Frequently Asked Questions

Nutrition

Just how nutritious is a Wisconsin potato?

A medium-size (5.3 oz) Wisconsin potato has only 110 calories and is naturally fat- and sodium-free. It also supplies you with 45% of your Daily Value of vitamin C and is one of the best sources of potassium (614 mg) and fiber (2 g) in the produce section. Potatoes are also a good source of vitamin B6, which helps your body synthesize hemoglobin and metabolize proteins and carbohydrates.

Aren’t the carbs in potatoes bad for me?

No. Actually, your body’s primary fuel source is carbohydrates — they’re necessary for your brain and preferred by your muscles. After they’re digested, carbohydrates are converted to glucose, which is then stored in your liver and muscles until your body signals the need for energy. If you don’t get enough carbohydrates (14 g per 1000 calories) your body will start to break down muscles and other protein-containing tissues (like your heart or vital organs) to gain the energy it needs.

Are Wisconsin potatoes a good source of fiber?

They certainly are — especially if you leave the skin on (then you get 3g of fiber from a medium-size (5.3 oz) potato). Fiber is actually a type of carbohydrate but because fiber isn’t digested, it’s not a primary energy source. Instead, fiber helps you lower blood cholesterol, can help prevent heart disease, maintains bowel regularity and may help you lose weight.

How do I get the most nutrition from my Wisconsin potato?

First, leave the skins on. Second, rather than boiling your potatoes — which leaches out some of the nutrients — consider microwaving or steaming them.

Do Wisconsin potatoes have gluten?

No — in fact, Wisconsin potatoes are a great addition to a gluten-free diet.

Potato Selection

What should I look for when choosing a Wisconsin potato?

Choose a clean, firm potato. You don’t want one with bruises, cuts, sprouts or discoloration. A potato that is slightly green has been exposed to too much light. Green potatoes will have a bitter flavor, so avoid those as well or cut off the green portion before cooking.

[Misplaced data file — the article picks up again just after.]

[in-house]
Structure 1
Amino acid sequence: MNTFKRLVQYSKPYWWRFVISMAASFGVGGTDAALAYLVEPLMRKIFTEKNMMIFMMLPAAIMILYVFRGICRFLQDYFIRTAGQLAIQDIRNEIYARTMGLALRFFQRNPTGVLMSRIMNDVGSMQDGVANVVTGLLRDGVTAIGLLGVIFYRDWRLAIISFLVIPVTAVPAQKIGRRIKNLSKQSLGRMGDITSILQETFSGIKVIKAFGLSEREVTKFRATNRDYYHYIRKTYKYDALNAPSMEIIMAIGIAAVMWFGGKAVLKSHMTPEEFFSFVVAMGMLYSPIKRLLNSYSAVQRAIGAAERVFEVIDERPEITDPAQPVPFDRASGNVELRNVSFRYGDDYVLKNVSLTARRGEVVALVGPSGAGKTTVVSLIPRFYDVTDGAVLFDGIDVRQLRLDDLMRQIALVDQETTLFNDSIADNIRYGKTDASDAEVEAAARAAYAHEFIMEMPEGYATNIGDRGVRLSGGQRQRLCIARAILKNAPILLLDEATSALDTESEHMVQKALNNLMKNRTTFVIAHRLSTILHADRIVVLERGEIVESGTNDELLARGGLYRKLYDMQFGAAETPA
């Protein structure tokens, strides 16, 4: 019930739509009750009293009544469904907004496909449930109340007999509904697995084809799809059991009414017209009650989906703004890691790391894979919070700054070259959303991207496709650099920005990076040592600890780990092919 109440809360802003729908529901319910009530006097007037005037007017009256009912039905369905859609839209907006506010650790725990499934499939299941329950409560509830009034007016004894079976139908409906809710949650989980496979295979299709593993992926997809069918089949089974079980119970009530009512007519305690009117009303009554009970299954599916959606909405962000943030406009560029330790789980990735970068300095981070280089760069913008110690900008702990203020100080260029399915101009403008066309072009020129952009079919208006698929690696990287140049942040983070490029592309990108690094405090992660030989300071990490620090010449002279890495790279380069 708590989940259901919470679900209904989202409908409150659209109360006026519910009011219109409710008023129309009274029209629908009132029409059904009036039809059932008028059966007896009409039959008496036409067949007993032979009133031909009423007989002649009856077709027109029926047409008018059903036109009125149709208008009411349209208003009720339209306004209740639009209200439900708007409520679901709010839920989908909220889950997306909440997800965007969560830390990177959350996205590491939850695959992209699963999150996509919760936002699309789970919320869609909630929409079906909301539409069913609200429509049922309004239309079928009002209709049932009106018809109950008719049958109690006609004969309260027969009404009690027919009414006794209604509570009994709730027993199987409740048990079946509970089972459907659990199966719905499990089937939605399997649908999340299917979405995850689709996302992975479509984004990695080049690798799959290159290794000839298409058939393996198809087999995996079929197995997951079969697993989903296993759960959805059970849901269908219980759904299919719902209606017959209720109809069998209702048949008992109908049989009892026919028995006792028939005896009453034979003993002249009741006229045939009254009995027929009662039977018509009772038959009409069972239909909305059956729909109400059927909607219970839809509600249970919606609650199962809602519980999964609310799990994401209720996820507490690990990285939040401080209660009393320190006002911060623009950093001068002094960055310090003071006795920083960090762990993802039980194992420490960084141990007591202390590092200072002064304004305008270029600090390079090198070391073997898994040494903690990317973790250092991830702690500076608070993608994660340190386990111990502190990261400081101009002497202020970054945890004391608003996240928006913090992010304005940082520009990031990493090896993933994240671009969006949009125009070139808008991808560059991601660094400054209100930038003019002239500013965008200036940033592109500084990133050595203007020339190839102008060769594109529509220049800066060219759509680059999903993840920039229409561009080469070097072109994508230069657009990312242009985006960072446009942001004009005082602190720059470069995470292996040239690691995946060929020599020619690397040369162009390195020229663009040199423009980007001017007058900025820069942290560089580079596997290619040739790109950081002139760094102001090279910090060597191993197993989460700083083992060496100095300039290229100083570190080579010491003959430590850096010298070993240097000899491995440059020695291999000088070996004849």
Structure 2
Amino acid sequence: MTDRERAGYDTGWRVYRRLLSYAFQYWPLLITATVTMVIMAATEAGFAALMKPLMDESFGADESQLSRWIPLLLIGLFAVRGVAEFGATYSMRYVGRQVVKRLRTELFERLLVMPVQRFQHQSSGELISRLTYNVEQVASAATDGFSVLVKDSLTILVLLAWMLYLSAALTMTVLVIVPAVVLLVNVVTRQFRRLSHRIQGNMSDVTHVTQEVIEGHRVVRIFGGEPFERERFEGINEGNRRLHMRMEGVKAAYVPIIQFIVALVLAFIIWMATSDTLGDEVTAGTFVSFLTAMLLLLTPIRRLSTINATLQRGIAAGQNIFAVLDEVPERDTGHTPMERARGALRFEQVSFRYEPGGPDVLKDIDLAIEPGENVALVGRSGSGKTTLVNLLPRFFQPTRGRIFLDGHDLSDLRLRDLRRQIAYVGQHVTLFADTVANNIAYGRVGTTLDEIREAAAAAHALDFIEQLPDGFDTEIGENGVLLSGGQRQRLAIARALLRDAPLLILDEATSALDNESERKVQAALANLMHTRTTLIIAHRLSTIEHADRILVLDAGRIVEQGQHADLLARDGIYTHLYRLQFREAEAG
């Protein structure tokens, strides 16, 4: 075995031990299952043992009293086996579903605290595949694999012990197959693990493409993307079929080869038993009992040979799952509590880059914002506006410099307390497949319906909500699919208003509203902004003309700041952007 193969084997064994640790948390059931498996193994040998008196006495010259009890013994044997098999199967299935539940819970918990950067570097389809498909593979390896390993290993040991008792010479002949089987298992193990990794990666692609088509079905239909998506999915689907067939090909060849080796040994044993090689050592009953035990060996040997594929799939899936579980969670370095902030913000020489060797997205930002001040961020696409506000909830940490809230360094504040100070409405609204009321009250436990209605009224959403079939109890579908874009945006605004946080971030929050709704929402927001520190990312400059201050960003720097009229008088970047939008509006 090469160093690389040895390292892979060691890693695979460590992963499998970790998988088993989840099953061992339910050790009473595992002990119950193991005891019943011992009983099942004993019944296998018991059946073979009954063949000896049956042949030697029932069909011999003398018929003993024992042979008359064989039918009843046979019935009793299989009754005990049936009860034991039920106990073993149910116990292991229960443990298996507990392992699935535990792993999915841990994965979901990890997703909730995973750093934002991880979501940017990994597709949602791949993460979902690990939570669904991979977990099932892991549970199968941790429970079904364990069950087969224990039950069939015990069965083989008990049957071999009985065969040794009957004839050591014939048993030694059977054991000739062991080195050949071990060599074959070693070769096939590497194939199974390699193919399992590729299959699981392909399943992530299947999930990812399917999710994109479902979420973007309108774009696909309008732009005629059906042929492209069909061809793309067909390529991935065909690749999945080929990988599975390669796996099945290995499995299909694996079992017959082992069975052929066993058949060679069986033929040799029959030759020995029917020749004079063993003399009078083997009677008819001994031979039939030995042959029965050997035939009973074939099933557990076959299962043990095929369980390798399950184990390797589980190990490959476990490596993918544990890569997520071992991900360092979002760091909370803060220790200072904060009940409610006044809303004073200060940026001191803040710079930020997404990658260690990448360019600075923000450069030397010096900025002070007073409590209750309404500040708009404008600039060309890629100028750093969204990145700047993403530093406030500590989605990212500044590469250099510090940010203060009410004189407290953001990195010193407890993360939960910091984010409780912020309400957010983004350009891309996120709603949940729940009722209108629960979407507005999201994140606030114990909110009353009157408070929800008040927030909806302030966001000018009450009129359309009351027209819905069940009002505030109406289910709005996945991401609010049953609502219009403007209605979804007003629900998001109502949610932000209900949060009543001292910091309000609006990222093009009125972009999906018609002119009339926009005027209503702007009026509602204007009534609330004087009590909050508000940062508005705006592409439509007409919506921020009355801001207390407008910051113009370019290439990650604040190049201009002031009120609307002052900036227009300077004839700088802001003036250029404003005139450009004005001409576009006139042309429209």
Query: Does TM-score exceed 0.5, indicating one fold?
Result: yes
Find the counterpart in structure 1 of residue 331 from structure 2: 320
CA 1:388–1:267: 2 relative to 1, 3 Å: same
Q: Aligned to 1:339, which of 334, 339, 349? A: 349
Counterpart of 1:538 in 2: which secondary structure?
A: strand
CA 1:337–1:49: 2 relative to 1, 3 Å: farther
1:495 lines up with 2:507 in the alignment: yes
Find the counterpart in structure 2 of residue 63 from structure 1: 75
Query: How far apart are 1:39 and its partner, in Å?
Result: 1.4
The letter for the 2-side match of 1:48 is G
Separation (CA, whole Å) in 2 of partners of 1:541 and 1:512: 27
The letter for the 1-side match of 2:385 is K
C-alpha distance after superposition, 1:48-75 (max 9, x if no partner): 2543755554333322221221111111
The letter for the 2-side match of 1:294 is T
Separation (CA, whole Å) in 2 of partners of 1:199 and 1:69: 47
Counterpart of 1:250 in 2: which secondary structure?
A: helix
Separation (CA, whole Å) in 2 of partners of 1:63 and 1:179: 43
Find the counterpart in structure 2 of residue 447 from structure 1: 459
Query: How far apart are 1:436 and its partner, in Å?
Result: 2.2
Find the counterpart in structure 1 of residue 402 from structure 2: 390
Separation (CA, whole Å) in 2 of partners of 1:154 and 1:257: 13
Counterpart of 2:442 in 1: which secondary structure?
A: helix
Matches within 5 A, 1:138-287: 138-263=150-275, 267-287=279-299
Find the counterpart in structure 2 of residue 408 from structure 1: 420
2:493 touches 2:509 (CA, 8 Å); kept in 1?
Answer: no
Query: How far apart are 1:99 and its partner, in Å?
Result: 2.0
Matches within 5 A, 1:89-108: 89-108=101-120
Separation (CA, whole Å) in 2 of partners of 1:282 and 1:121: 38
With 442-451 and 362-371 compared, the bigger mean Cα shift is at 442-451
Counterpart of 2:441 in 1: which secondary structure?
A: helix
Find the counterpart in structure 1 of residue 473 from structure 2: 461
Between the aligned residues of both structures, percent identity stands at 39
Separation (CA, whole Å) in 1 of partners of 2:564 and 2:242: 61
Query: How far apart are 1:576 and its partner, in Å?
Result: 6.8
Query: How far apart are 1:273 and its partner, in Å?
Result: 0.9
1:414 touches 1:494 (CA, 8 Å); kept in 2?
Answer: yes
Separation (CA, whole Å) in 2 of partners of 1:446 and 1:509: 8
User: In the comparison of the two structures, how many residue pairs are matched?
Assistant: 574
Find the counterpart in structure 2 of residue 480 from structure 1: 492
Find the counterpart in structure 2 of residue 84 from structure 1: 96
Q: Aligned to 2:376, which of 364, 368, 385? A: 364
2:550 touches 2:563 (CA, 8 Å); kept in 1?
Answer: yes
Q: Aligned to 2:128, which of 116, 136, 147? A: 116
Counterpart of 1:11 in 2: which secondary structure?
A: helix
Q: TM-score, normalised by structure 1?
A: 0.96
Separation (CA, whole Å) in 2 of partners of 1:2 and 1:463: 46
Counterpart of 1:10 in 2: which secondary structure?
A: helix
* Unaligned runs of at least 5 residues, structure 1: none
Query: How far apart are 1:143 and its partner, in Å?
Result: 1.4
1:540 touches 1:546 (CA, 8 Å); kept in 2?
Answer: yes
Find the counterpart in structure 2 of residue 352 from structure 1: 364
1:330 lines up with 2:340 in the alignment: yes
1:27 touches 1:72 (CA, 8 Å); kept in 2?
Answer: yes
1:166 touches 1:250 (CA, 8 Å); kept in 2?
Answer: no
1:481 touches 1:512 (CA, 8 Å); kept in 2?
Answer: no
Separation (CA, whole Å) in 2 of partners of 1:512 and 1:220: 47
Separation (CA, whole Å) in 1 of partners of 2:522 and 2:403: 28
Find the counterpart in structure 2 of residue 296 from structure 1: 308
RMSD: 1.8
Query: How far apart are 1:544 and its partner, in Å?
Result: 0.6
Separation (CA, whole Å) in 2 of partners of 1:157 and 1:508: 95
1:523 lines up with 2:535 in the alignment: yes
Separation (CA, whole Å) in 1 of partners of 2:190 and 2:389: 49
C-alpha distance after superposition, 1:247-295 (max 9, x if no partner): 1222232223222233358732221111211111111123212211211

Storing Potatoes

How should I store my Wisconsin potatoes?

The most important things to remember are: dark, cool and well ventilated. Potatoes that get too warm, too cold or are exposed to too much light will simply not taste as good. They can become either too sweet or too bitter, or can start to develop sprouts. Place your potatoes in a perforated plastic or paper bag or a bin with ventilation holes and set them in a dark pantry. Don’t store your potatoes in a cupboard near an appliance because the appliance will warm the area.

Should I wash my potatoes when I get home from the store?

No — dampness can lead to spoilage. The best time to wash your Wisconsin potatoes is right before you prepare to cook them.

Cooking / Preparing Wisconsin Potatoes

How do I know which Wisconsin potato to use for which dish?

It’s simple. Just download our Pick the Perfect Wisconsin Potato pdf and keep it handy.

Can I eat a green potato or one with sprouts?

Yes. A green potato may be bitter — but if you cut away the green portions you can avoid those bitter portions. As for the sprouts, simply cut them away and prepare the potato as normal.

Why do potatoes turn brown after being cut?

This happens because, as with an apple, the carbohydrates react to the oxygen in the air. You can still eat these potatoes. If you want to prevent discoloration simply store cut potatoes in cold water and a dash of lemon juice.

What’s the best way to save leftover Wisconsin potatoes?

Be sure to refrigerate leftovers within two hours of serving them and then eat them within a few days. Freezing cooked potatoes isn’t a good idea. Because potatoes are 80% water, when you freeze and reheat them they tend to become watery. That’s not ideal.

Wisconsin Potatoes

How many potatoes does Wisconsin grow a year?

We rank third in the nation and first east of the Mississippi with approximately 2.9 billion pounds grown annually.

Are Wisconsin potatoes genetically modified?

No.

What potato varieties are grown in Wisconsin?

In Wisconsin, we grow the following potato varieties:

  • Russet
    • Century Russet
    • Frontier Russet
    • Goldrush
    • Ranger Russet
    • Shepody
    • Russet Norkotah
  • Round White
    • Atlantic
    • Superior
  • Round Red
    • Cherry Red
    • Chieftin
    • LaRouge
    • Norland
    • Pontiac
    • Red Bliss
  • Yellow Flesh
    • Ruby Crescent
    • Yukon Gold
    • Yellow Finnish
    • Russian Banana Fingerling
  • Blue & Purple
    • All Blue
    • Caribe